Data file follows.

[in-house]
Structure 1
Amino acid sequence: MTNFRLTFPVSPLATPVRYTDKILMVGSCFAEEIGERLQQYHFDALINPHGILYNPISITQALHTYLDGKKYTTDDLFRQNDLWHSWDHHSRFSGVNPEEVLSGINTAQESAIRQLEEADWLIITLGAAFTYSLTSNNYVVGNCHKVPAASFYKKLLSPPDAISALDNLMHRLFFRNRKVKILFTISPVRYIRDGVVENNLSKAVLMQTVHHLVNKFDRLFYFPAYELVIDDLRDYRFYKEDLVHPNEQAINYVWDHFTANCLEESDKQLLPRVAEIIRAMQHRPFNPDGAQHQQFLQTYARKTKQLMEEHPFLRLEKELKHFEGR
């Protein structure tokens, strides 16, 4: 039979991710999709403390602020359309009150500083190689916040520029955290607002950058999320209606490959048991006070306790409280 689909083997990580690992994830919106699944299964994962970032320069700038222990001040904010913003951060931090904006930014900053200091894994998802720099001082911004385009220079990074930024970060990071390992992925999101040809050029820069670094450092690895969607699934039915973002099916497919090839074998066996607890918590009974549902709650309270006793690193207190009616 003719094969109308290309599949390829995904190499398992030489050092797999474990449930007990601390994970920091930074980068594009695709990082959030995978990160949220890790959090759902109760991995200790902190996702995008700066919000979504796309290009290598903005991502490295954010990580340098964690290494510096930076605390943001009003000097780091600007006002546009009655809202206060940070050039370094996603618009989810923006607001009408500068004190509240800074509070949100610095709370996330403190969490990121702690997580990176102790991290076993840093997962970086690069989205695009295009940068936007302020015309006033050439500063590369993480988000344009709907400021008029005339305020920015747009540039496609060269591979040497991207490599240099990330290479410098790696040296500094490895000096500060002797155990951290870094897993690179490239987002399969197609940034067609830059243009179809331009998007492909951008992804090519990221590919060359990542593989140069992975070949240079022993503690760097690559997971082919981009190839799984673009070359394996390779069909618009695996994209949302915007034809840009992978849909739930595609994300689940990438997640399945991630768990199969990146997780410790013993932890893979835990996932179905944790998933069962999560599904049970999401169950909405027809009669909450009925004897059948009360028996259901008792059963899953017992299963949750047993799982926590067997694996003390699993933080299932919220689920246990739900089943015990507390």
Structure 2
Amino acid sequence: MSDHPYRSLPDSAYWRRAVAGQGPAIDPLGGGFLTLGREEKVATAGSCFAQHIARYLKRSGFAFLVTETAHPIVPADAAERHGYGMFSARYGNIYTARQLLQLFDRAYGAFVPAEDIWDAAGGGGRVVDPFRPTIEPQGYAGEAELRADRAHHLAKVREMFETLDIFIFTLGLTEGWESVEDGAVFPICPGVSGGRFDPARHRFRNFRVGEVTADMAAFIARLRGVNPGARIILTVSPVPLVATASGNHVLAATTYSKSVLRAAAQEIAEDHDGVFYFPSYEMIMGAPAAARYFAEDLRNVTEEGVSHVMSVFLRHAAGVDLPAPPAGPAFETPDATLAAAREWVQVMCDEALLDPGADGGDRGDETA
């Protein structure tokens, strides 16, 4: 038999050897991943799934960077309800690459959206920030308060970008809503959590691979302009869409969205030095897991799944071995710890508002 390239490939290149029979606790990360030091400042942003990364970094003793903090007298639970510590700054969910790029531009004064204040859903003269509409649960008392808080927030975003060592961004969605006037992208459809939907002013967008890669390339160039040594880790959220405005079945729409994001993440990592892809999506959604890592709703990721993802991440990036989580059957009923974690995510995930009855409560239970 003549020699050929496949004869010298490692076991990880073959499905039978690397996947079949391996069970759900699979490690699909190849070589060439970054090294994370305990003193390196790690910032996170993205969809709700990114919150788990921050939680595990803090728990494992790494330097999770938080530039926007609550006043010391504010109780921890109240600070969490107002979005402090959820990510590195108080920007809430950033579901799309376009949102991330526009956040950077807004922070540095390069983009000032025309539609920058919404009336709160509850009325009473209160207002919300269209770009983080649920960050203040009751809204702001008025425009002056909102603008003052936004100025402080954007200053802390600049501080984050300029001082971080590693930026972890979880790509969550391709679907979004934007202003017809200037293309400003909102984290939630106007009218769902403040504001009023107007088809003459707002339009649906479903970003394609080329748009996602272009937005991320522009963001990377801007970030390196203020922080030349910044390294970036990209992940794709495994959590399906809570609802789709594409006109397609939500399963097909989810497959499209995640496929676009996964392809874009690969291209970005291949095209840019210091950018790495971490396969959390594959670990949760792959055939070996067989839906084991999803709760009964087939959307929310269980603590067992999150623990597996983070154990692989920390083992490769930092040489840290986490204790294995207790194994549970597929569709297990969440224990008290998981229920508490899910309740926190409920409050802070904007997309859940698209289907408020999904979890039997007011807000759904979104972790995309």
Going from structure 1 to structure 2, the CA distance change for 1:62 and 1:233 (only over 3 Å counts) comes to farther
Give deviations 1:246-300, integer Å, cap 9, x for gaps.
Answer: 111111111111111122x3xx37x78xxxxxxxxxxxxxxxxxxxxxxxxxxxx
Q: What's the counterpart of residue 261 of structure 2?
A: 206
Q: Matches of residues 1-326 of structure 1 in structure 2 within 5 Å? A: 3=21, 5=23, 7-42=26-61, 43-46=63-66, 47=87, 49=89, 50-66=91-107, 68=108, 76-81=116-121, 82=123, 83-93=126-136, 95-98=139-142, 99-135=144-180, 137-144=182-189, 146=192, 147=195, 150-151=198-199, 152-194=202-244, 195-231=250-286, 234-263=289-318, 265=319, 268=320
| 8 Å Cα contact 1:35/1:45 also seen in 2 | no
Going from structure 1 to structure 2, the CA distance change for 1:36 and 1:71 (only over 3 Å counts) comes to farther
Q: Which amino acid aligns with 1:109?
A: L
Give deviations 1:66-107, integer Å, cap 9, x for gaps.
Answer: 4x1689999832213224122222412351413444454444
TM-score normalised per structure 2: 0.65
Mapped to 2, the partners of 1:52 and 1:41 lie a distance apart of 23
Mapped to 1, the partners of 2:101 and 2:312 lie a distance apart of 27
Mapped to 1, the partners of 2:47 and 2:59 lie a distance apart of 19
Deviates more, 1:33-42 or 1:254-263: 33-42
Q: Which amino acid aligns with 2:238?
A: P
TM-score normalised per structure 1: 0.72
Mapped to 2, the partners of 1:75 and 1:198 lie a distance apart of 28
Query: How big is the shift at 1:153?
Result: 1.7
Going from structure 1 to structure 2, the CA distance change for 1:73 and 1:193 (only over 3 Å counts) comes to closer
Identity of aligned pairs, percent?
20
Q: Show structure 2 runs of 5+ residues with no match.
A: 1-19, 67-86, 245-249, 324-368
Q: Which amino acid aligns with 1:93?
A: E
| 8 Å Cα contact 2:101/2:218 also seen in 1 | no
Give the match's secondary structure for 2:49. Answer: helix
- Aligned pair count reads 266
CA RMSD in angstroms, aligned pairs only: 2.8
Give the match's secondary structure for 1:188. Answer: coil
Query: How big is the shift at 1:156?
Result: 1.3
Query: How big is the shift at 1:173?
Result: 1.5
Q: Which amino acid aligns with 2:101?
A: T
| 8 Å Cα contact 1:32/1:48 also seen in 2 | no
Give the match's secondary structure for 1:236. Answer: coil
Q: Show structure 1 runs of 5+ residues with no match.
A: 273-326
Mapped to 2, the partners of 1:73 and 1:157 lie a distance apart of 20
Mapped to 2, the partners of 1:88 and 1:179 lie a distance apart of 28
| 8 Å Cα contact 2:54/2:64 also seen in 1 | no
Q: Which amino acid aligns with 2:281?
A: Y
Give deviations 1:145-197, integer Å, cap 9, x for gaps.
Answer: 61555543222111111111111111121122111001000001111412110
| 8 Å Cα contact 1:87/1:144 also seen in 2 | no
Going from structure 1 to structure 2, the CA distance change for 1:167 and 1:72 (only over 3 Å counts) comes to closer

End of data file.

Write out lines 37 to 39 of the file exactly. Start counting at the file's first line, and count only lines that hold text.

A: E
| 8 Å Cα contact 2:101/2:218 also seen in 1 | no
Give the match's secondary structure for 2:49. Answer: helix